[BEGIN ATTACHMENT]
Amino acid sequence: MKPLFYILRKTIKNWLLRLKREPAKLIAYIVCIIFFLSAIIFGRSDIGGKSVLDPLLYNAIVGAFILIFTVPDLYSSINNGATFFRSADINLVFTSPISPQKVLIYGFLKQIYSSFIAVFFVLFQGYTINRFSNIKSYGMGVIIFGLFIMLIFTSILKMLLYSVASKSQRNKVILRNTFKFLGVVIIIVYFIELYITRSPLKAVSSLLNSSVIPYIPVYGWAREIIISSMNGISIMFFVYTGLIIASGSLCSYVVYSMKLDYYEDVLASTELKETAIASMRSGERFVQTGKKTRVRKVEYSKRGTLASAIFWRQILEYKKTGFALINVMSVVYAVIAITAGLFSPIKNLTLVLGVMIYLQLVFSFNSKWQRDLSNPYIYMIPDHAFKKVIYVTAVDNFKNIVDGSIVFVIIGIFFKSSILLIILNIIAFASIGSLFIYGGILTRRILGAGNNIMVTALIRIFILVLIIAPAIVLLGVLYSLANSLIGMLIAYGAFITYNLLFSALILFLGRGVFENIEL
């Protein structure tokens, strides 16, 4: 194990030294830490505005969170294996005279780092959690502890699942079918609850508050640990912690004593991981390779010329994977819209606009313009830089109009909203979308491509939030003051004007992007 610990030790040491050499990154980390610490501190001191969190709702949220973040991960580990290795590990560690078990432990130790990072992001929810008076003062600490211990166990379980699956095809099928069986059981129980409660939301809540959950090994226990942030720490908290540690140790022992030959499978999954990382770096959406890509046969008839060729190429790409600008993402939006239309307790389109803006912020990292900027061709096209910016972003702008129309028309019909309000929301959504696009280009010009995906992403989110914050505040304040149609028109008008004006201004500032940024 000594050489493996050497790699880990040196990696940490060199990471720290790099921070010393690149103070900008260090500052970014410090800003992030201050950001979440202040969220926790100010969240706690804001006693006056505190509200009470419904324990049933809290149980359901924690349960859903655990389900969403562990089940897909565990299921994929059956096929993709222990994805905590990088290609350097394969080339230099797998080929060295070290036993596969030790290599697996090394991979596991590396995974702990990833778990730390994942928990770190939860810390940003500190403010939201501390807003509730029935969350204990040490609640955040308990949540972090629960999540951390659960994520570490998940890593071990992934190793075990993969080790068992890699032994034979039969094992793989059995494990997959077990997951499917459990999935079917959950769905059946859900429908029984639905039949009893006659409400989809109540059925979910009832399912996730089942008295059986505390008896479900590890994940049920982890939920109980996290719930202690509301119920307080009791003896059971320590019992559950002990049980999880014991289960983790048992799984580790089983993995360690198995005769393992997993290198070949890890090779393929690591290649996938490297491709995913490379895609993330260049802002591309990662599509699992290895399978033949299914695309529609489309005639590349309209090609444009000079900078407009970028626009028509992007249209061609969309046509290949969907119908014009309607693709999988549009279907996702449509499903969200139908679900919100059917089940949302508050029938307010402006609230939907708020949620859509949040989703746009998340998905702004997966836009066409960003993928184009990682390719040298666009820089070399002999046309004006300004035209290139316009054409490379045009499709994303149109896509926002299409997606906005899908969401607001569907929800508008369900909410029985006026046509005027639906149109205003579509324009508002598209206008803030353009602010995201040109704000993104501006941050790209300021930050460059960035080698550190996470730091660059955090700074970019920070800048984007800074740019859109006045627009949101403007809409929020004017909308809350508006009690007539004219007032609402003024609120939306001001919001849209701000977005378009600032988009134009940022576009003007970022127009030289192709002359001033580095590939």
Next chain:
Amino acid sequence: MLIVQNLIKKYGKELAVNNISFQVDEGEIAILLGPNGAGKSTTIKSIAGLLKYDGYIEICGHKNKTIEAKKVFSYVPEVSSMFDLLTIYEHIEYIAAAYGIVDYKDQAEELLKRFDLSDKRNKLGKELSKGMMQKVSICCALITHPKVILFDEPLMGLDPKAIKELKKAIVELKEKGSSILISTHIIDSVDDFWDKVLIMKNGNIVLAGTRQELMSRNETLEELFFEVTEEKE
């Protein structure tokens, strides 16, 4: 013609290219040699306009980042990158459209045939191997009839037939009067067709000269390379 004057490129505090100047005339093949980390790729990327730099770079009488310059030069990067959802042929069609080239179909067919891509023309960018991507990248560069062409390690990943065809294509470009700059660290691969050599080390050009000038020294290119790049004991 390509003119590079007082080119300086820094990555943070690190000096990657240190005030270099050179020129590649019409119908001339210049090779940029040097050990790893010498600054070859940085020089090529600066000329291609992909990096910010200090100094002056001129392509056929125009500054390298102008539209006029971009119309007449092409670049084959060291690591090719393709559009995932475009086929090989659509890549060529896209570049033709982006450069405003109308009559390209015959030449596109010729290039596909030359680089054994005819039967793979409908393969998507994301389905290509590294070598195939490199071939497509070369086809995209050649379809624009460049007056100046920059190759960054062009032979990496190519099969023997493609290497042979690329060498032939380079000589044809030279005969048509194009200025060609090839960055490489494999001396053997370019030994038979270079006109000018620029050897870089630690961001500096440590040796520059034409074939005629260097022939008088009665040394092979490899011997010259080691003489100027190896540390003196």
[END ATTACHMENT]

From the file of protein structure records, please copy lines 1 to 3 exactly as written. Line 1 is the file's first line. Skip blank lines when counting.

Amino acid sequence: MKPLFYILRKTIKNWLLRLKREPAKLIAYIVCIIFFLSAIIFGRSDIGGKSVLDPLLYNAIVGAFILIFTVPDLYSSINNGATFFRSADINLVFTSPISPQKVLIYGFLKQIYSSFIAVFFVLFQGYTINRFSNIKSYGMGVIIFGLFIMLIFTSILKMLLYSVASKSQRNKVILRNTFKFLGVVIIIVYFIELYITRSPLKAVSSLLNSSVIPYIPVYGWAREIIISSMNGISIMFFVYTGLIIASGSLCSYVVYSMKLDYYEDVLASTELKETAIASMRSGERFVQTGKKTRVRKVEYSKRGTLASAIFWRQILEYKKTGFALINVMSVVYAVIAITAGLFSPIKNLTLVLGVMIYLQLVFSFNSKWQRDLSNPYIYMIPDHAFKKVIYVTAVDNFKNIVDGSIVFVIIGIFFKSSILLIILNIIAFASIGSLFIYGGILTRRILGAGNNIMVTALIRIFILVLIIAPAIVLLGVLYSLANSLIGMLIAYGAFITYNLLFSALILFLGRGVFENIEL
């Protein structure tokens, strides 16, 4: 194990030294830490505005969170294996005279780092959690502890699942079918609850508050640990912690004593991981390779010329994977819209606009313009830089109009909203979308491509939030003051004007992007 610990030790040491050499990154980390610490501190001191969190709702949220973040991960580990290795590990560690078990432990130790990072992001929810008076003062600490211990166990379980699956095809099928069986059981129980409660939301809540959950090994226990942030720490908290540690140790022992030959499978999954990382770096959406890509046969008839060729190429790409600008993402939006239309307790389109803006912020990292900027061709096209910016972003702008129309028309019909309000929301959504696009280009010009995906992403989110914050505040304040149609028109008008004006201004500032940024 000594050489493996050497790699880990040196990696940490060199990471720290790099921070010393690149103070900008260090500052970014410090800003992030201050950001979440202040969220926790100010969240706690804001006693006056505190509200009470419904324990049933809290149980359901924690349960859903655990389900969403562990089940897909565990299921994929059956096929993709222990994805905590990088290609350097394969080339230099797998080929060295070290036993596969030790290599697996090394991979596991590396995974702990990833778990730390994942928990770190939860810390940003500190403010939201501390807003509730029935969350204990040490609640955040308990949540972090629960999540951390659960994520570490998940890593071990992934190793075990993969080790068992890699032994034979039969094992793989059995494990997959077990997951499917459990999935079917959950769905059946859900429908029984639905039949009893006659409400989809109540059925979910009832399912996730089942008295059986505390008896479900590890994940049920982890939920109980996290719930202690509301119920307080009791003896059971320590019992559950002990049980999880014991289960983790048992799984580790089983993995360690198995005769393992997993290198070949890890090779393929690591290649996938490297491709995913490379895609993330260049802002591309990662599509699992290895399978033949299914695309529609489309005639590349309209090609444009000079900078407009970028626009028509992007249209061609969309046509290949969907119908014009309607693709999988549009279907996702449509499903969200139908679900919100059917089940949302508050029938307010402006609230939907708020949620859509949040989703746009998340998905702004997966836009066409960003993928184009990682390719040298666009820089070399002999046309004006300004035209290139316009054409490379045009499709994303149109896509926002299409997606906005899908969401607001569907929800508008369900909410029985006026046509005027639906149109205003579509324009508002598209206008803030353009602010995201040109704000993104501006941050790209300021930050460059960035080698550190996470730091660059955090700074970019920070800048984007800074740019859109006045627009949101403007809409929020004017909308809350508006009690007539004219007032609402003024609120939306001001919001849209701000977005378009600032988009134009940022576009003007970022127009030289192709002359001033580095590939």
Next chain: